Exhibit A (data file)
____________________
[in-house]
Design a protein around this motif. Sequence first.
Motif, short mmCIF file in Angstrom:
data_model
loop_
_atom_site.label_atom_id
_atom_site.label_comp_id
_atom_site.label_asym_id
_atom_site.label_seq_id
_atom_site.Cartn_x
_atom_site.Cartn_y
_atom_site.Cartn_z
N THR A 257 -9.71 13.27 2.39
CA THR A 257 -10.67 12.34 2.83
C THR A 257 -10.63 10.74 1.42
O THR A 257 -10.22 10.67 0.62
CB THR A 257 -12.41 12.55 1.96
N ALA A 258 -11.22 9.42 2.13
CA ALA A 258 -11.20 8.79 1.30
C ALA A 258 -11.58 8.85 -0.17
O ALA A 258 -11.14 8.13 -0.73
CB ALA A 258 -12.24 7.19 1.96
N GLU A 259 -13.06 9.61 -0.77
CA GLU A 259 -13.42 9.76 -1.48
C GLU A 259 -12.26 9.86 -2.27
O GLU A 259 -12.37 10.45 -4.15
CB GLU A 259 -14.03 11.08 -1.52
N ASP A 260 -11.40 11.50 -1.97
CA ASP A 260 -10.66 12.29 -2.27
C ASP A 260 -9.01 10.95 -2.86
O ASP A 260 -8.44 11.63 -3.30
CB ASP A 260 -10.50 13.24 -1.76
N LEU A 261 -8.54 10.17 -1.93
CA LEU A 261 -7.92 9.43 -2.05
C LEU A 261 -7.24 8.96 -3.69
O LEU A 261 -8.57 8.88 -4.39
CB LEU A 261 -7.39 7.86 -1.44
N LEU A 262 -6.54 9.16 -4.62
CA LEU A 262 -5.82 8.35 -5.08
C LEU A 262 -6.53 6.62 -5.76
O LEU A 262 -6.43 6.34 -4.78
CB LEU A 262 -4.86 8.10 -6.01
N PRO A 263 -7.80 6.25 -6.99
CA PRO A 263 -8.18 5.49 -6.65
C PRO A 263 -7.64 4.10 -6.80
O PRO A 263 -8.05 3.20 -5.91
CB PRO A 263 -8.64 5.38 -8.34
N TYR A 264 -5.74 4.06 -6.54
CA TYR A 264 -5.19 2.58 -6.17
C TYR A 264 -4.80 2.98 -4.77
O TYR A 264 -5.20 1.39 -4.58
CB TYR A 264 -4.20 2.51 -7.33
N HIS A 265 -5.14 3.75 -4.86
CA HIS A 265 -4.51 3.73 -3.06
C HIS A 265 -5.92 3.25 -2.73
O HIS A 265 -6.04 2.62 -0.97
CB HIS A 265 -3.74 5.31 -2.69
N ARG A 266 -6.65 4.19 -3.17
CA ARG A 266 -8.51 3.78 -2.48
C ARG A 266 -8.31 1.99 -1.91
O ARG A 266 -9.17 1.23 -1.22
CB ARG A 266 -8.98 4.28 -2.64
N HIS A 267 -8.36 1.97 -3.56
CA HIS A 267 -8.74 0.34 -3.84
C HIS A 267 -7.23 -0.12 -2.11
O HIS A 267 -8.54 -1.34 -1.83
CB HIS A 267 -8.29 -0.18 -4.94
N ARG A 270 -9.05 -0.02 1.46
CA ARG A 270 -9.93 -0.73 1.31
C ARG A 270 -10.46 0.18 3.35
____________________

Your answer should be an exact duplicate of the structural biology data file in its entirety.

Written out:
[in-house]
Design a protein around this motif. Sequence first.
Motif, short mmCIF file in Angstrom:
data_model
loop_
_atom_site.label_atom_id
_atom_site.label_comp_id
_atom_site.label_asym_id
_atom_site.label_seq_id
_atom_site.Cartn_x
_atom_site.Cartn_y
_atom_site.Cartn_z
N THR A 257 -9.71 13.27 2.39
CA THR A 257 -10.67 12.34 2.83
C THR A 257 -10.63 10.74 1.42
O THR A 257 -10.22 10.67 0.62
CB THR A 257 -12.41 12.55 1.96
N ALA A 258 -11.22 9.42 2.13
CA ALA A 258 -11.20 8.79 1.30
C ALA A 258 -11.58 8.85 -0.17
O ALA A 258 -11.14 8.13 -0.73
CB ALA A 258 -12.24 7.19 1.96
N GLU A 259 -13.06 9.61 -0.77
CA GLU A 259 -13.42 9.76 -1.48
C GLU A 259 -12.26 9.86 -2.27
O GLU A 259 -12.37 10.45 -4.15
CB GLU A 259 -14.03 11.08 -1.52
N ASP A 260 -11.40 11.50 -1.97
CA ASP A 260 -10.66 12.29 -2.27
C ASP A 260 -9.01 10.95 -2.86
O ASP A 260 -8.44 11.63 -3.30
CB ASP A 260 -10.50 13.24 -1.76
N LEU A 261 -8.54 10.17 -1.93
CA LEU A 261 -7.92 9.43 -2.05
C LEU A 261 -7.24 8.96 -3.69
O LEU A 261 -8.57 8.88 -4.39
CB LEU A 261 -7.39 7.86 -1.44
N LEU A 262 -6.54 9.16 -4.62
CA LEU A 262 -5.82 8.35 -5.08
C LEU A 262 -6.53 6.62 -5.76
O LEU A 262 -6.43 6.34 -4.78
CB LEU A 262 -4.86 8.10 -6.01
N PRO A 263 -7.80 6.25 -6.99
CA PRO A 263 -8.18 5.49 -6.65
C PRO A 263 -7.64 4.10 -6.80
O PRO A 263 -8.05 3.20 -5.91
CB PRO A 263 -8.64 5.38 -8.34
N TYR A 264 -5.74 4.06 -6.54
CA TYR A 264 -5.19 2.58 -6.17
C TYR A 264 -4.80 2.98 -4.77
O TYR A 264 -5.20 1.39 -4.58
CB TYR A 264 -4.20 2.51 -7.33
N HIS A 265 -5.14 3.75 -4.86
CA HIS A 265 -4.51 3.73 -3.06
C HIS A 265 -5.92 3.25 -2.73
O HIS A 265 -6.04 2.62 -0.97
CB HIS A 265 -3.74 5.31 -2.69
N ARG A 266 -6.65 4.19 -3.17
CA ARG A 266 -8.51 3.78 -2.48
C ARG A 266 -8.31 1.99 -1.91
O ARG A 266 -9.17 1.23 -1.22
CB ARG A 266 -8.98 4.28 -2.64
N HIS A 267 -8.36 1.97 -3.56
CA HIS A 267 -8.74 0.34 -3.84
C HIS A 267 -7.23 -0.12 -2.11
O HIS A 267 -8.54 -1.34 -1.83
CB HIS A 267 -8.29 -0.18 -4.94
N ARG A 270 -9.05 -0.02 1.46
CA ARG A 270 -9.93 -0.73 1.31
C ARG A 270 -10.46 0.18 3.35